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Qualcomm offices in Santa Clara, California, USA John Crowe / Alamy

Qualcomm To Cut More Than 1,000 Jobs – Report

Qualcomm said it will cut 1,258 jobs across its operations in San Diego and Santa Clara, California.

This article originally appeared in Light Reading.

Silicon giant Qualcomm appears to be undertaking a major round of layoffs, according to a recent report from Bloomberg that cites data the company filed with the state of California. Qualcomm's headquarters are in San Diego.

According to the company's filing, it will cut 1,258 jobs in San Diego and Santa Clara, California. More than 750 of those cuts will come from its engineering ranks.

The company declined to comment on the overall size of the cuts, but a company representative told Seeking Alpha that the efforts are a response to  "continued uncertainty" in the market, and that they're part of a "previously disclosed action."

"We'll be proactively taking additional cost actions to ensure Qualcomm is well positioned to deliver maximum value for stockholders in an uncertain environment," CEO Cristiano Amon said in August during the company's second quarter earnings conference call, according to Seeking Alpha. Amon did not provide specifics.

When questioned on the topic later in August at an investor event, Qualcomm CFO Akash Palkhiwala offered further hints: "We're willing to take action when the size of the market is different than what we expected at the beginning of the process. And so we're going to execute on that."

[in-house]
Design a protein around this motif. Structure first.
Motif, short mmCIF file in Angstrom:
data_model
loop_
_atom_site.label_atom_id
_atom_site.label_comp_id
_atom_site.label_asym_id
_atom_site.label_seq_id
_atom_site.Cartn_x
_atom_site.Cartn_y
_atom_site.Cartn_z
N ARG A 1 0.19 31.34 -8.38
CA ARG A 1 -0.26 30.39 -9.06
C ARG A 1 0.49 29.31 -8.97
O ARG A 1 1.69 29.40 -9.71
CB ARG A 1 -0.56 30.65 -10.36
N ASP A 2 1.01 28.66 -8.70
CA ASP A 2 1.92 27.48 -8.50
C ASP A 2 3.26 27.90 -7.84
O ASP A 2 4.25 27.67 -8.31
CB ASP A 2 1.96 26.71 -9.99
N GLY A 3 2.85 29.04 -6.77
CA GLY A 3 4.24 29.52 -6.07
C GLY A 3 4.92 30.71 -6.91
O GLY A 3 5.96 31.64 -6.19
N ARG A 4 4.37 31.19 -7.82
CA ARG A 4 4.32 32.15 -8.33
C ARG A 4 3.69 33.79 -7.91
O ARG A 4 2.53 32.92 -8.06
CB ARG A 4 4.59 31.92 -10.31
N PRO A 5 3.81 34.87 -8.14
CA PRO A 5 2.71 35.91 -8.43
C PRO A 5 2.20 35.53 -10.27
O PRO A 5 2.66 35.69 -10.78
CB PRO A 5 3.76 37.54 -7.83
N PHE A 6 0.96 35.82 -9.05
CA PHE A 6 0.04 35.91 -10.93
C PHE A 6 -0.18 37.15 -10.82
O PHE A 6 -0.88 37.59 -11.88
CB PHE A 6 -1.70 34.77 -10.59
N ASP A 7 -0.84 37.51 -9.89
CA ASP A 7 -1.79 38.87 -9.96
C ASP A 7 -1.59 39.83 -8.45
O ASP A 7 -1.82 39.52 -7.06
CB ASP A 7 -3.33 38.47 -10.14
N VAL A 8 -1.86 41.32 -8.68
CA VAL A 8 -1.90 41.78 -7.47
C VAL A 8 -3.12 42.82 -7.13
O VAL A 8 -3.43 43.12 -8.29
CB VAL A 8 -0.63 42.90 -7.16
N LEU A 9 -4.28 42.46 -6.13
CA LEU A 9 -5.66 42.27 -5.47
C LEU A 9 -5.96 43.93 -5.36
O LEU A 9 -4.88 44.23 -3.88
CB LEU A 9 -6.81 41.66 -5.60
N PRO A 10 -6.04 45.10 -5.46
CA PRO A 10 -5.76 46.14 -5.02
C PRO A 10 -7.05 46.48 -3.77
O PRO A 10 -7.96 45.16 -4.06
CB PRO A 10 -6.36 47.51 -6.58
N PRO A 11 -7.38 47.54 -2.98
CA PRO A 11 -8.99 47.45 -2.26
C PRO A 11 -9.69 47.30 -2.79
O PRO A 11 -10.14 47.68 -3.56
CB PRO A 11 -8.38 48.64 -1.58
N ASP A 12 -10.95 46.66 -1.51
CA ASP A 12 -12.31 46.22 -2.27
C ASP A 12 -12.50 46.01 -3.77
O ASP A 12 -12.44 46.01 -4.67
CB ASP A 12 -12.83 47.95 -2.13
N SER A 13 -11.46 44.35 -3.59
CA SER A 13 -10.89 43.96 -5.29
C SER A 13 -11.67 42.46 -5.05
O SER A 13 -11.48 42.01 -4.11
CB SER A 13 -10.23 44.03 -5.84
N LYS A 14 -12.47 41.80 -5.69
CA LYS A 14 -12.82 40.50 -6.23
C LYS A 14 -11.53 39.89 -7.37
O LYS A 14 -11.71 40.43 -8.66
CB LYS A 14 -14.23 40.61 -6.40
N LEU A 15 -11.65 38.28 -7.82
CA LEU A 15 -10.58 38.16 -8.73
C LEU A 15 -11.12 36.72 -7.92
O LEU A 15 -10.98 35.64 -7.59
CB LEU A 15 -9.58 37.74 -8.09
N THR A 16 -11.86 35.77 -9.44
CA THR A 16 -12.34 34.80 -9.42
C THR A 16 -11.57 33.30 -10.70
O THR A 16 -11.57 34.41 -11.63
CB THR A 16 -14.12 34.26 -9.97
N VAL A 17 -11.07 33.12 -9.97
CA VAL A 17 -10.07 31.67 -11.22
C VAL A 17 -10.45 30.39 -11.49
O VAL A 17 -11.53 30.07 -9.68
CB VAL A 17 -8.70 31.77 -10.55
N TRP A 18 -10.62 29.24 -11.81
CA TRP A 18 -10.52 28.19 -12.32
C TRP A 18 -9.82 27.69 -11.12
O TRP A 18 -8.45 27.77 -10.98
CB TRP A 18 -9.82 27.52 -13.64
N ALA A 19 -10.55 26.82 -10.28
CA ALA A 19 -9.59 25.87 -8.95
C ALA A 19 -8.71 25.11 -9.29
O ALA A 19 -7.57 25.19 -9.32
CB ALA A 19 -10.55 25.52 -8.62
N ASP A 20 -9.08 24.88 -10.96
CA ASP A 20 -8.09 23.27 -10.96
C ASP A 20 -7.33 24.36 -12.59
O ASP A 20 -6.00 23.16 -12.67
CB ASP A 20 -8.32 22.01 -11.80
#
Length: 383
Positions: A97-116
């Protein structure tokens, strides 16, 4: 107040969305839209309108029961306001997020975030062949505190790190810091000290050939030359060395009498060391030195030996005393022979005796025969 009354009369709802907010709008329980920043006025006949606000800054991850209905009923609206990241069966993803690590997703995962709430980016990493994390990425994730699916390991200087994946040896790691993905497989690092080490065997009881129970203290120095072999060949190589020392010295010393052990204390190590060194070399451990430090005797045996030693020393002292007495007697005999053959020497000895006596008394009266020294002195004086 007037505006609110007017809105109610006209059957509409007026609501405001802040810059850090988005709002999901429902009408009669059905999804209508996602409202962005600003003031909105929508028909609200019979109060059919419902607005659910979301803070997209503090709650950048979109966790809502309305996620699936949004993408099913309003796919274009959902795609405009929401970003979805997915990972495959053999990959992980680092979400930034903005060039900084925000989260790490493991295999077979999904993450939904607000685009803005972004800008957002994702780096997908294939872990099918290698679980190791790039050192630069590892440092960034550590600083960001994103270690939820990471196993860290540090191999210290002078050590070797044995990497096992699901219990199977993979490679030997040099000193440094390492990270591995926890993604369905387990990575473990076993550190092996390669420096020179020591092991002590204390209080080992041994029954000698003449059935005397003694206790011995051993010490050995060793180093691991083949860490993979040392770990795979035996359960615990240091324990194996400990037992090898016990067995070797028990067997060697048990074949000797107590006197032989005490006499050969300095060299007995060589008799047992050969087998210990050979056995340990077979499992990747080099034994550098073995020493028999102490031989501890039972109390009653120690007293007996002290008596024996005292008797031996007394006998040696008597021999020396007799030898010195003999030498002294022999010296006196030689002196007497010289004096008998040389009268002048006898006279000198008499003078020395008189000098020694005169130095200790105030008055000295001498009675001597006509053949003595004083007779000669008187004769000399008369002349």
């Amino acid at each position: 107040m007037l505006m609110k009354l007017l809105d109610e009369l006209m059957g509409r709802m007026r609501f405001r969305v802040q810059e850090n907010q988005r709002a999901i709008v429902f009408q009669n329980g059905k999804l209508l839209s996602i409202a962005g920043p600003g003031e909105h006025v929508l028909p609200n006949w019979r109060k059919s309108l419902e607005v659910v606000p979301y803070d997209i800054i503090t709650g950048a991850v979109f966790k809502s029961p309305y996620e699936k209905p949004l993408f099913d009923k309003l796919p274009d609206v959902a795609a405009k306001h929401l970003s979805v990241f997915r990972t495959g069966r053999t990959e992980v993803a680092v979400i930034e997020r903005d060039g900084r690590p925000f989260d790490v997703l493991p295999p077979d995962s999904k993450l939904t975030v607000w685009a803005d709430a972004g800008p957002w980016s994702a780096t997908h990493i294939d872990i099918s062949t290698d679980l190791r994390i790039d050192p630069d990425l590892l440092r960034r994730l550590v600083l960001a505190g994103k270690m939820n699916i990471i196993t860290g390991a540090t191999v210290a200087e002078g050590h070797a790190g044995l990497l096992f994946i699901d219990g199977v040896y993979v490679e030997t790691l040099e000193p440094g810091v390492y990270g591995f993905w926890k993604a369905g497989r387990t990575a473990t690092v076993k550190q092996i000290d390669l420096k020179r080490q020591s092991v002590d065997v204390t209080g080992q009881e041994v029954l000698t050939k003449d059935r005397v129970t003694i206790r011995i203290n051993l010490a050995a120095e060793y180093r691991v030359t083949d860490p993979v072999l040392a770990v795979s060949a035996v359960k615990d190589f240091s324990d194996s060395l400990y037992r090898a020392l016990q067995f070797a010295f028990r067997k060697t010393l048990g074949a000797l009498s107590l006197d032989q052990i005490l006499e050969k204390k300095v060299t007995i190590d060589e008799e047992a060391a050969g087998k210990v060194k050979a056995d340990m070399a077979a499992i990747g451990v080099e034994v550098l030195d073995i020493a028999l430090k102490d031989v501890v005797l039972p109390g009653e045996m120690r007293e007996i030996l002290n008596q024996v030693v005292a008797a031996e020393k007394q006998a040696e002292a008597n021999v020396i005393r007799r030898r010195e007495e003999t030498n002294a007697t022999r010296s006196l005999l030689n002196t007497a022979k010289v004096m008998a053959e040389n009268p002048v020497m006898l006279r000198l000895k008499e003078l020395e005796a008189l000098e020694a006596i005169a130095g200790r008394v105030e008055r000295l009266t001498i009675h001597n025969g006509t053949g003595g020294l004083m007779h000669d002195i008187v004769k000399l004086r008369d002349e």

For his part, Qualcomm's Amon has been working feverishly to expand the company's business into areas like the Internet of Things (IoT) and the automotive sector as sales of smartphones – which represent Qualcomm's core business – continue to slow.

The company does have some progress to show for its efforts, including its pursuit of the silicon opportunity in the open radio access network (RAN) trend. Moreover, Qualcomm recently managed to ink an agreement with Apple that extends the companies' Snapdragon chipset partnership through 2026.

But an increasingly worrying slowdown in the global telecommunications market appears to have finally caught up to the company. Perhaps that's no surprise; wireless equipment maker Ericsson also warned this week of less-than-stellar financial results alongside a massive impairment on its Vonage acquisition.

Moreover, Qualcomm isn't alone in shedding jobs recently. As network operators work to cut spending, companies including Crown Castle, Juniper NetworksCisco, Airspan and Cambium Networks have all reduced their workforce. Even network operators like Verizon and T-Mobile have gotten into the act. T-Mobile's recent cuts affected around 5,000 positions, or 7% of its workforce.

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